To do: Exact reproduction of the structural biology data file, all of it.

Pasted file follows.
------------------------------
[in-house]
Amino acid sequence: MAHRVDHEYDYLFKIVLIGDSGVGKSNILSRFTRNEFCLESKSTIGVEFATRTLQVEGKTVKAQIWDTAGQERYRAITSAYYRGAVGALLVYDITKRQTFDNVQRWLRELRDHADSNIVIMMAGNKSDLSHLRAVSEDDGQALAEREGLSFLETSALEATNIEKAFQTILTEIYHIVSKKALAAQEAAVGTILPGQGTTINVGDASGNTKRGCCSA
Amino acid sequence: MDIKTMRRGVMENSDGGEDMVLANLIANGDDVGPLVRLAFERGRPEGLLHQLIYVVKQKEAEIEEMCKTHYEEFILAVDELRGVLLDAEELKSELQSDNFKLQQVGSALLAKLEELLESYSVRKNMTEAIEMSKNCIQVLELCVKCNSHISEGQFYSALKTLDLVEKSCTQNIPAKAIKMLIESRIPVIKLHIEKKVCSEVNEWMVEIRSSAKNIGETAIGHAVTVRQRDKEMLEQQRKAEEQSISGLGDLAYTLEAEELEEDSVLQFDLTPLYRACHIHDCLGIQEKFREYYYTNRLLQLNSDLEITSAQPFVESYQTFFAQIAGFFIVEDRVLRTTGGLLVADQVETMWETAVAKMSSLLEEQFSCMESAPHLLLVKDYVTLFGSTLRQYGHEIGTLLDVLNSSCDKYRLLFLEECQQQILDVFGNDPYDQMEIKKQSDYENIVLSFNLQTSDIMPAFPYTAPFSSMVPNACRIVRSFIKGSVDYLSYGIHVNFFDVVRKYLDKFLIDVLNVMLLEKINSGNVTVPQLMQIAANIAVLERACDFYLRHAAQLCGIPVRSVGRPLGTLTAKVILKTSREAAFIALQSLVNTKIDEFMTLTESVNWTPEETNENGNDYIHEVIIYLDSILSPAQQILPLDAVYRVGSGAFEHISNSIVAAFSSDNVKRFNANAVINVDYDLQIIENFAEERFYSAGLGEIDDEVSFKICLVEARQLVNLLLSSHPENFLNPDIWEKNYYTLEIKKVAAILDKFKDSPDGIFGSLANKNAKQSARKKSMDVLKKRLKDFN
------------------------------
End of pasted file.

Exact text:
[in-house]
Amino acid sequence: MAHRVDHEYDYLFKIVLIGDSGVGKSNILSRFTRNEFCLESKSTIGVEFATRTLQVEGKTVKAQIWDTAGQERYRAITSAYYRGAVGALLVYDITKRQTFDNVQRWLRELRDHADSNIVIMMAGNKSDLSHLRAVSEDDGQALAEREGLSFLETSALEATNIEKAFQTILTEIYHIVSKKALAAQEAAVGTILPGQGTTINVGDASGNTKRGCCSA
Amino acid sequence: MDIKTMRRGVMENSDGGEDMVLANLIANGDDVGPLVRLAFERGRPEGLLHQLIYVVKQKEAEIEEMCKTHYEEFILAVDELRGVLLDAEELKSELQSDNFKLQQVGSALLAKLEELLESYSVRKNMTEAIEMSKNCIQVLELCVKCNSHISEGQFYSALKTLDLVEKSCTQNIPAKAIKMLIESRIPVIKLHIEKKVCSEVNEWMVEIRSSAKNIGETAIGHAVTVRQRDKEMLEQQRKAEEQSISGLGDLAYTLEAEELEEDSVLQFDLTPLYRACHIHDCLGIQEKFREYYYTNRLLQLNSDLEITSAQPFVESYQTFFAQIAGFFIVEDRVLRTTGGLLVADQVETMWETAVAKMSSLLEEQFSCMESAPHLLLVKDYVTLFGSTLRQYGHEIGTLLDVLNSSCDKYRLLFLEECQQQILDVFGNDPYDQMEIKKQSDYENIVLSFNLQTSDIMPAFPYTAPFSSMVPNACRIVRSFIKGSVDYLSYGIHVNFFDVVRKYLDKFLIDVLNVMLLEKINSGNVTVPQLMQIAANIAVLERACDFYLRHAAQLCGIPVRSVGRPLGTLTAKVILKTSREAAFIALQSLVNTKIDEFMTLTESVNWTPEETNENGNDYIHEVIIYLDSILSPAQQILPLDAVYRVGSGAFEHISNSIVAAFSSDNVKRFNANAVINVDYDLQIIENFAEERFYSAGLGEIDDEVSFKICLVEARQLVNLLLSSHPENFLNPDIWEKNYYTLEIKKVAAILDKFKDSPDGIFGSLANKNAKQSARKKSMDVLKKRLKDFN